e prices in the capital continue to outpace prices in the rest of the UK, according to the latest figures from the Office for National Statistics (ONS).
London house prices were up 11.2 per cent in the year to March 2015, compared to a nationwide average of 9.6 per cent, according to the ONS house price index published yesterday.
The index found the pace of annual house price growth increased, on average, in all regions of the UK, with house price inflation coming in at 9.4 per cent in England, 5.7 per cent in Wales, 7.5 per cent in Northern Ireland and 14.6 per cent in Scotland, the highest annual increase recorded north of the border since July 2007.
Yet, despite overall robust growth, the ONS said there is still a clear North-South divide in terms of house prices. The average house price in the capital is now £498,000, and homes in the broader south east average £339,000. In the north east and Northern Ireland, however, house prices average £157,000 and £145,000, respectively. The nationwide average is £273,000, according to the ONS.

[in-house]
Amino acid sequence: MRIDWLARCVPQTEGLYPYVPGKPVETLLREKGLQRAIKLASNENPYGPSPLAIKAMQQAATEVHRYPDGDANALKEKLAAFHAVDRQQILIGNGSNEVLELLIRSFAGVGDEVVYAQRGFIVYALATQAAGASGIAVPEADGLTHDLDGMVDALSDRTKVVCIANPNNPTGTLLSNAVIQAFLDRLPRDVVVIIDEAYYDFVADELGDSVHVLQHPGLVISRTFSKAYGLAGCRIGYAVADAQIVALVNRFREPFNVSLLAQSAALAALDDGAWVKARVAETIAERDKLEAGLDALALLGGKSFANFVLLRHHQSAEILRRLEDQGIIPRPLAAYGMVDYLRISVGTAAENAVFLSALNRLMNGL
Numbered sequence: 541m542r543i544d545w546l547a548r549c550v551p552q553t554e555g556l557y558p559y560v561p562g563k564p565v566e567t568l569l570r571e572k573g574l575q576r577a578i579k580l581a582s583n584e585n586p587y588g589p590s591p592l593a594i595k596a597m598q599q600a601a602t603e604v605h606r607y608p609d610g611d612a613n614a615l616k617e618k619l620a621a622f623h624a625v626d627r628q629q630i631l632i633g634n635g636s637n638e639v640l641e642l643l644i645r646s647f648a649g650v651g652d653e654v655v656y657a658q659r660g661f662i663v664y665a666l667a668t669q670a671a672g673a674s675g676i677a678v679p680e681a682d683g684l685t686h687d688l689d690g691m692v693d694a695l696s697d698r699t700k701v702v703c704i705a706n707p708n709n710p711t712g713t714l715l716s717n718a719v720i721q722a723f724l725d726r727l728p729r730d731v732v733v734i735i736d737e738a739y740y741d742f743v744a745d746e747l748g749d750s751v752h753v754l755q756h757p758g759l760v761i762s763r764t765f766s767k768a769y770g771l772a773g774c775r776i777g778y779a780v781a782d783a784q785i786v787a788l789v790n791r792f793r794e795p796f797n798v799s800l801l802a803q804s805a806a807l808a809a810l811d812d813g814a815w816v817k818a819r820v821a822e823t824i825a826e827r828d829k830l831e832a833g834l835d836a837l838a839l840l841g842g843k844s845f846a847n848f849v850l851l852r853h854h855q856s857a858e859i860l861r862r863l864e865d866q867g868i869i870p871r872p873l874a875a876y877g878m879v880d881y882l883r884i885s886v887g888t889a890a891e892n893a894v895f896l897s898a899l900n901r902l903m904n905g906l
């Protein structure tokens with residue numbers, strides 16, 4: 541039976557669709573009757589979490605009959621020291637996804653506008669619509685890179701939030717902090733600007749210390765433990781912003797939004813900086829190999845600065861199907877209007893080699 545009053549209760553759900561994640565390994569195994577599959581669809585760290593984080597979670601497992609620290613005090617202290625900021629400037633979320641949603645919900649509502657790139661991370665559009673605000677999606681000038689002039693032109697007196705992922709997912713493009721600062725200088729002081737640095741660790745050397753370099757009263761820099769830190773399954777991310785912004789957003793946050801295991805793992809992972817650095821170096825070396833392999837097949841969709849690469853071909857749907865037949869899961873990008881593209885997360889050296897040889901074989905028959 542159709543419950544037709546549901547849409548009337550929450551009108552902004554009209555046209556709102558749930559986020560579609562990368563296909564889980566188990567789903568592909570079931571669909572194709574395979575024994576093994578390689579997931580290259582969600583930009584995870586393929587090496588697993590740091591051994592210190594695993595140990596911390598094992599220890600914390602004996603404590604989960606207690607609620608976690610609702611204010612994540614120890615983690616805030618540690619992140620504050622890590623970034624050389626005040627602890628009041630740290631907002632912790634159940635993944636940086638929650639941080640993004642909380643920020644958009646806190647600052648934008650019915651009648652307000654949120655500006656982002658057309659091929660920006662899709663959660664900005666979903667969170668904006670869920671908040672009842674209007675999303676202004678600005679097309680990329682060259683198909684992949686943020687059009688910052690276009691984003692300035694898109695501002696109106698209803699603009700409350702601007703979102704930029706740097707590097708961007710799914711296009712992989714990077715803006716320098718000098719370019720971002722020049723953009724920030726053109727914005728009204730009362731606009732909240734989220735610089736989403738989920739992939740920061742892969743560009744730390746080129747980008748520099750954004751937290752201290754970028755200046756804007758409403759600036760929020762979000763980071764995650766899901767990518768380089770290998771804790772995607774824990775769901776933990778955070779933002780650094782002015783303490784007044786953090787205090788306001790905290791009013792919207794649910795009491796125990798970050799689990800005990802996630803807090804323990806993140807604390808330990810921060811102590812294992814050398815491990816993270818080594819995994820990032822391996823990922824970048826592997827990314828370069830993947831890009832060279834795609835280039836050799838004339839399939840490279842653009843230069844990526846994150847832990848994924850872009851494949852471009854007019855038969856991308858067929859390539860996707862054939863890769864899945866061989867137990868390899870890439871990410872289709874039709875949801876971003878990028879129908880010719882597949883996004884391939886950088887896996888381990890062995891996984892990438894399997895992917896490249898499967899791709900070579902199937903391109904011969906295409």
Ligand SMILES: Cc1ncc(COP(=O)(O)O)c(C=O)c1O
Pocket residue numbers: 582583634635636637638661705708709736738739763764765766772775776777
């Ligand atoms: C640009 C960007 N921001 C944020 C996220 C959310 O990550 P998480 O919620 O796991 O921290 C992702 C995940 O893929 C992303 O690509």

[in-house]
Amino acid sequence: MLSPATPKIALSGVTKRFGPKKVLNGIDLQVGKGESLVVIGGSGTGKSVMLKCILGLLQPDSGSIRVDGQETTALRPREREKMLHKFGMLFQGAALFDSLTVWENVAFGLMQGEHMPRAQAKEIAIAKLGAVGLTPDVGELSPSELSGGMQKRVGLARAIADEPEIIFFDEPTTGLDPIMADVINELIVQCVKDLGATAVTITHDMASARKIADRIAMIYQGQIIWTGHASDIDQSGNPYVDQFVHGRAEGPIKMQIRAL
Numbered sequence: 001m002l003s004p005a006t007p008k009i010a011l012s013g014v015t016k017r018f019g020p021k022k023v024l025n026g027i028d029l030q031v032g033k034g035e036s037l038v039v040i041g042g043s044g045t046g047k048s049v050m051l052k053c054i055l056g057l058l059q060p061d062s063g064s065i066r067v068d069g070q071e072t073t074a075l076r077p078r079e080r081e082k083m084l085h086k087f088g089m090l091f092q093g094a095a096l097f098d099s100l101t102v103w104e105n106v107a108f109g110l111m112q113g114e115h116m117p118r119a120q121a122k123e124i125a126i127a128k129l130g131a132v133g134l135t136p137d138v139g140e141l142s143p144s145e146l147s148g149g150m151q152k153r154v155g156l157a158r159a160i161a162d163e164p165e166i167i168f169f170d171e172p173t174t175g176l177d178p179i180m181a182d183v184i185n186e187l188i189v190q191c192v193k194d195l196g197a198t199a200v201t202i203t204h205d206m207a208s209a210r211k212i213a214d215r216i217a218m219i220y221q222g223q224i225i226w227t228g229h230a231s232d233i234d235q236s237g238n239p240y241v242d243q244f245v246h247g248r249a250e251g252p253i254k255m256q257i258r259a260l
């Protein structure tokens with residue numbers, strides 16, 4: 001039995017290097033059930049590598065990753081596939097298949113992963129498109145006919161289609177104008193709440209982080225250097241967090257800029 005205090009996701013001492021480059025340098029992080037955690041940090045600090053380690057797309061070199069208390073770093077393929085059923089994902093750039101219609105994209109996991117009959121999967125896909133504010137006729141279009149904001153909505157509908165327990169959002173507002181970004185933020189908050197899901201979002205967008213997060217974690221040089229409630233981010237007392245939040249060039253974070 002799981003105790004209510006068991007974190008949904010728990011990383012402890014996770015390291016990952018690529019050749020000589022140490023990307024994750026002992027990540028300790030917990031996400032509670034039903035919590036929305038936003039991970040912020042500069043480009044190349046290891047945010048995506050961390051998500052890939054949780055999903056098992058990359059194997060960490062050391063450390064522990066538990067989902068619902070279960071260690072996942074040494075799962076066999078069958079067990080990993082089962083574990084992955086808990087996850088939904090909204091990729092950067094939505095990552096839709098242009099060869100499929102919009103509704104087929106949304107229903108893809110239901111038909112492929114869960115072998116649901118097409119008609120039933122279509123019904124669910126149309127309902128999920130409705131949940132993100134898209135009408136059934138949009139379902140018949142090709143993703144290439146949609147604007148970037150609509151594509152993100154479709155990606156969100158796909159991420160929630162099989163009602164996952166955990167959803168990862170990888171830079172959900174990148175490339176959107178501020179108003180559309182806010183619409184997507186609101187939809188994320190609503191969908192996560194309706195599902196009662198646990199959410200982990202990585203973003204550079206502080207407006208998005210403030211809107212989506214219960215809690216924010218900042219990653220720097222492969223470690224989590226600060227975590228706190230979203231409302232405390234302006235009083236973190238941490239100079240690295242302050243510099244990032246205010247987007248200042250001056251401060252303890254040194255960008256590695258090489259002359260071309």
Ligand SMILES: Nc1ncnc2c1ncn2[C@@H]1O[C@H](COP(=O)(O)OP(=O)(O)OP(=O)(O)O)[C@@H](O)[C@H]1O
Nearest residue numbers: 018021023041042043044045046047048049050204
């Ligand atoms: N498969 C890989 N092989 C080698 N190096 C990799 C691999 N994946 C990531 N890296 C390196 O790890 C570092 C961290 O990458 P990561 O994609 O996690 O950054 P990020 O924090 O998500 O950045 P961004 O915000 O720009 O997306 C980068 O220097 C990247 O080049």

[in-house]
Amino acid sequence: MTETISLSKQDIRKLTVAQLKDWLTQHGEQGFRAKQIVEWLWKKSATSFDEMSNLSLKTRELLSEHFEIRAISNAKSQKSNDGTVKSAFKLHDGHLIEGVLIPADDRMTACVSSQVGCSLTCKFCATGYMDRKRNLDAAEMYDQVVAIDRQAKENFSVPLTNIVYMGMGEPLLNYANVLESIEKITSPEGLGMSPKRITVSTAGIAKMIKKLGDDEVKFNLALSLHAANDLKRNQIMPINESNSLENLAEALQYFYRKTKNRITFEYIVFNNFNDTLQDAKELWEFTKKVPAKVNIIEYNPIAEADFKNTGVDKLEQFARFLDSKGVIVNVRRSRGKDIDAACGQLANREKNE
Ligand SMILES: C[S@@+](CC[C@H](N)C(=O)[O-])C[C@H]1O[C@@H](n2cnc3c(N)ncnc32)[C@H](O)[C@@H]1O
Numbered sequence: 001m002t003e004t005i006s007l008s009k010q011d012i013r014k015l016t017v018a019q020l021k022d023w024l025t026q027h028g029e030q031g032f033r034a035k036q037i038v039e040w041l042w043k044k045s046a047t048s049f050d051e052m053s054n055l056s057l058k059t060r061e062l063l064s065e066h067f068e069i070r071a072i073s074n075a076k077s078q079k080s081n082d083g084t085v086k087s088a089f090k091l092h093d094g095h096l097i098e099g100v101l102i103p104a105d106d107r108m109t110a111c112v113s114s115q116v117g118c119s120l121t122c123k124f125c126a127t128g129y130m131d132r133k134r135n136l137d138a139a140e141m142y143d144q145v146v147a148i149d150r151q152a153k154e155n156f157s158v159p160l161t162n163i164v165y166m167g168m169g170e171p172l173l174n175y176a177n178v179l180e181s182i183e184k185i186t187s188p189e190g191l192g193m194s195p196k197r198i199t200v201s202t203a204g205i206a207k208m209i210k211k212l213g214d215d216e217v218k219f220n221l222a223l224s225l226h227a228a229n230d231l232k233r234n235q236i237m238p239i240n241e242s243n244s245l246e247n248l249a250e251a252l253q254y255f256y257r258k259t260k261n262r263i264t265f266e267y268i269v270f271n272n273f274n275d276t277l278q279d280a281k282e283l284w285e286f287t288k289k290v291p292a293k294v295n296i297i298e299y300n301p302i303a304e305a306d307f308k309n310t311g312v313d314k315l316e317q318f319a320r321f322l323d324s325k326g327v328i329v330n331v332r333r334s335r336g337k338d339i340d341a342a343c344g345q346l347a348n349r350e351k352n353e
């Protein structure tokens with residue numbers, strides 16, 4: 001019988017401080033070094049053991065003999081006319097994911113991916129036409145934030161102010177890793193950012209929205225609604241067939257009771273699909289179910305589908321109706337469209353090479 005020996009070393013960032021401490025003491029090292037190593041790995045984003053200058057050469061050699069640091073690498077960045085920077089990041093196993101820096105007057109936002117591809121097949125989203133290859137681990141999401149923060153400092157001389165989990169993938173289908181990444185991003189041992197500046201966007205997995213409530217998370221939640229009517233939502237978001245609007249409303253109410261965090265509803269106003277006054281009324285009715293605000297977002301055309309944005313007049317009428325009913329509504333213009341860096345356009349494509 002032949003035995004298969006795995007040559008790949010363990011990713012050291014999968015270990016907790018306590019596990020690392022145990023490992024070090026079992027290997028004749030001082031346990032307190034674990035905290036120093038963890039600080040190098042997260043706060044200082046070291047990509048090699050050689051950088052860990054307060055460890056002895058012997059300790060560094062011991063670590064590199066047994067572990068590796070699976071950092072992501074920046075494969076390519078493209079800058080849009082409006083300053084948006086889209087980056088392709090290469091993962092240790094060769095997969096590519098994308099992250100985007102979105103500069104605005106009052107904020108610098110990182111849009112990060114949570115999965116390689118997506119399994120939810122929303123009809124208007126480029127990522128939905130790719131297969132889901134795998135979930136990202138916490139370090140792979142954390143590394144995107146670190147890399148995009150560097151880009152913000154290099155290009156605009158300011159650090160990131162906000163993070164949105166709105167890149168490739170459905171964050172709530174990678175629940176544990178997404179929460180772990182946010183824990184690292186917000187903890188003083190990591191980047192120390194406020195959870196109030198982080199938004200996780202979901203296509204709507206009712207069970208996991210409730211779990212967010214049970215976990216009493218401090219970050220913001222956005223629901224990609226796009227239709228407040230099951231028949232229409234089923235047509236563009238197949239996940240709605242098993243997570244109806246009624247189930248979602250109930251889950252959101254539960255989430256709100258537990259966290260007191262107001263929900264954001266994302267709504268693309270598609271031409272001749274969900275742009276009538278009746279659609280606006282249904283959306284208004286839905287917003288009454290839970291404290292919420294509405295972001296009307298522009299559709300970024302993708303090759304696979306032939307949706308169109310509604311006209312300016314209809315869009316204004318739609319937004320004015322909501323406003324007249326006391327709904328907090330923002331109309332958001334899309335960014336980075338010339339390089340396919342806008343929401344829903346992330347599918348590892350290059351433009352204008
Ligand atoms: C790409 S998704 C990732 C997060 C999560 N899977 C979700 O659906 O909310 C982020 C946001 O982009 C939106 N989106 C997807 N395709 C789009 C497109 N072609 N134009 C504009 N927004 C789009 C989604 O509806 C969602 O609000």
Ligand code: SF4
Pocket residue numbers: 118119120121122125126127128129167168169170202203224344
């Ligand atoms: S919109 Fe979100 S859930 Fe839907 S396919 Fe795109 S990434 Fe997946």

Meanwhile, the Council of Mortgage Lenders (CML) released its own housing market statistics yesterday, which found a 20 per cent increase in the number of loans advanced to first-time buyers in March of this year, compared with the previous month. Existing homeowners who moved house, or “home movers”, took out 25,000 loans in March, an increase of 14 per cent compared with February according to the CML.
But while the CML found pickup in the mortgage market in March, the organisation said that lending was down for the first quarter. The number of first-time buyers taking out loans in the first quarter of 2015 was down 24 per cent on the fourth quarter of 2014 and 11 per cent on the first quarter of last year. For home movers, the number of loans was down 25 per cent in the first quarter compared with the fourth quarter of 2014, and 11 per cent year-on-year.